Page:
SCAPE/OPF Continuous Integration update

As previously blogged about by Carl we now have virtually all SCAPE and OPF projects in Continuous Integration; building and unit testing in both Travis CI and Jenkins

  • Travis compiles the projects and executes unit tests whenever a new commit is pushed to Github, or when a pull request is submitted to the project. 
  • Jenkins builds are generally scheduled once per day.  After a build the software has its code quality analysed by Sonar

Complete details of how to build each non-Java project are contained within the .travis.yml files that are found in the project directories.  As a side effect of this work the .travis.yml files can be used as instructions for independently building the projects.

Matchbox, Xcorrsound and Jpylyzer have CI builds that are capable of generating an installable Debian package, which we are aiming to publish.  Java projects have had their Maven GroupId and package names changed to the appropriate SCAPE names so we can publish binary snapshots.

The daily Maven snapshots of code built in Jenkins are now (or soon will be) published to https://oss.sonatype.org/content/repositories/snapshots/eu/scape-project/ and can be used by adding this repository to your pom.xml:

<parent>
    <groupId>org.sonatype.oss</groupId>
    <artifactId>oss-parent</artifactId>
    <version>7</version>
</parent>

What you can do for your project

  1. Maintain your .travis.yml file if project dependencies change
  2. Ensure code matches the SCAPE/OPF functional review criteria – correct Java package names and Maven GroupIds are essential to be able to publish snapshots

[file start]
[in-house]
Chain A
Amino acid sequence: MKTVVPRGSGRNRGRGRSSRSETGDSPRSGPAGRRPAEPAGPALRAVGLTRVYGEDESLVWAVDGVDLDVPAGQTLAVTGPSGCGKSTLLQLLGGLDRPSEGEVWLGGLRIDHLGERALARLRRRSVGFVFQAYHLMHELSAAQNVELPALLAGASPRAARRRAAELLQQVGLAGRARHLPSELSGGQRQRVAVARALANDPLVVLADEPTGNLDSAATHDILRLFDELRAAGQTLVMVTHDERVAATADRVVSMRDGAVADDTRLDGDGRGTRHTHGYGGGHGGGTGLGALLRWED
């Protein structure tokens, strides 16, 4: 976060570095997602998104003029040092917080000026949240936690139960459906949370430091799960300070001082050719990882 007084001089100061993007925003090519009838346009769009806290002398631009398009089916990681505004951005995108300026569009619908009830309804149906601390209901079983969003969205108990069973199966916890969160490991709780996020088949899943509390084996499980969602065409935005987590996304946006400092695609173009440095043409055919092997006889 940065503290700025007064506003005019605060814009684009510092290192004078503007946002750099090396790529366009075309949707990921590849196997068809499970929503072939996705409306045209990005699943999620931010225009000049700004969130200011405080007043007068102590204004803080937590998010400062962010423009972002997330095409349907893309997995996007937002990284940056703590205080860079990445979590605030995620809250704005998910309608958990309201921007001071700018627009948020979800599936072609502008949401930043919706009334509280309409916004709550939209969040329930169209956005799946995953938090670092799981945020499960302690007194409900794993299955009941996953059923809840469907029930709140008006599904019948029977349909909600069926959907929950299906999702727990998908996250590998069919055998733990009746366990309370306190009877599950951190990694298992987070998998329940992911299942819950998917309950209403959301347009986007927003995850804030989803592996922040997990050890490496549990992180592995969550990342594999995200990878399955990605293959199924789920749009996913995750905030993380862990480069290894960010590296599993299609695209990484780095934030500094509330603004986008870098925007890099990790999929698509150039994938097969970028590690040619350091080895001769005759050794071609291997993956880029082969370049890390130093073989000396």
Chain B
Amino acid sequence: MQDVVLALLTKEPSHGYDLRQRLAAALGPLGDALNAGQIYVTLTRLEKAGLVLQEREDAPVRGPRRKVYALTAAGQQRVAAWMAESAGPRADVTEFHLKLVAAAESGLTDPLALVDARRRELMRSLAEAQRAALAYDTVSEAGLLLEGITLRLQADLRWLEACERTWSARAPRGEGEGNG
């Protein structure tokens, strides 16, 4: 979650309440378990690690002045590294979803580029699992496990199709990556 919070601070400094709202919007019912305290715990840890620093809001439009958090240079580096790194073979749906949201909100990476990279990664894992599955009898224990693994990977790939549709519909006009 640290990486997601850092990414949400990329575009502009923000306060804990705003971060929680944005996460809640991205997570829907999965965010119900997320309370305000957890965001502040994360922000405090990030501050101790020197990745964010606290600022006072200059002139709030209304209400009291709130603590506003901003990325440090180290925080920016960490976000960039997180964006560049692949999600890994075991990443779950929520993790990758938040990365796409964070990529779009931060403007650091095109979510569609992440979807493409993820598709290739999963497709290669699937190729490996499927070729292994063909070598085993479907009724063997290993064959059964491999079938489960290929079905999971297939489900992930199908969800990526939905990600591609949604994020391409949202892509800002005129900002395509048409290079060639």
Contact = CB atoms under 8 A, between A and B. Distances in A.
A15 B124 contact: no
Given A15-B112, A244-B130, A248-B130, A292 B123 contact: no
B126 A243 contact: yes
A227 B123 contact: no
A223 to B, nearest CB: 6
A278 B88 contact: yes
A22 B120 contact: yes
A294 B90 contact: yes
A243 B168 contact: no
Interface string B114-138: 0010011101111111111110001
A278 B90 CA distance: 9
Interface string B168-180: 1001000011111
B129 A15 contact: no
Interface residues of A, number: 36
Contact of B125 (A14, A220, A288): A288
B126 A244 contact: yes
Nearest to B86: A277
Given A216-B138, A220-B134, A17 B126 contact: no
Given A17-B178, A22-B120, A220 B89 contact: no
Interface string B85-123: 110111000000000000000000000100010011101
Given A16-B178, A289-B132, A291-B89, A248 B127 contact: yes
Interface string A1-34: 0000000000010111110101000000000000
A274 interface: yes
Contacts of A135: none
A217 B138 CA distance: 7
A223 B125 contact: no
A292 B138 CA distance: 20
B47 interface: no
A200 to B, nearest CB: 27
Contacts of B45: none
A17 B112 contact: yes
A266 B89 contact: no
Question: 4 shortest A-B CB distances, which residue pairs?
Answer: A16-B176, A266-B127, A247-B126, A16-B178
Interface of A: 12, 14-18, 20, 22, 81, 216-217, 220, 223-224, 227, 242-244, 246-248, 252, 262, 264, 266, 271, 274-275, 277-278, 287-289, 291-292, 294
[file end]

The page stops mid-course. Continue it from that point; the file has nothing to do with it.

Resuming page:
3. Ensure your project has an up to date README that contains details of how to build and run your software (including dependencies)
  4. Very importantly ensure that your project has (at the very least) a top level LICENSE, ideally  source files should each contain a license header
  5. Add unit tests for your project
  6. Ensure that unit tests for your project can easily be run using standard dependencies. Relying on your particular installation for unit tests to pass means that they cannot be successfully run by Travis/Jenkins and show as test failures.  Whilst it might not always be possible to have unit tests that can be run independently, if there have to be test dependencies then please document how these should be set up!
  7. Check your project at http://projects.opf-labs.org/

The CI days are generally about once a month.  If you are interested in joining us do let us know as we could always do with more help.  It’s an opportunity for you to work on CI with Travis/Jenkins, and do other work that is interesting (and rewarding), such as Debian packaging, that you might not normally get to work on.

By willp-bl, posted in willp-bl's Blog

1st Nov 2013  10:19 AM  10632 Reads  No comments

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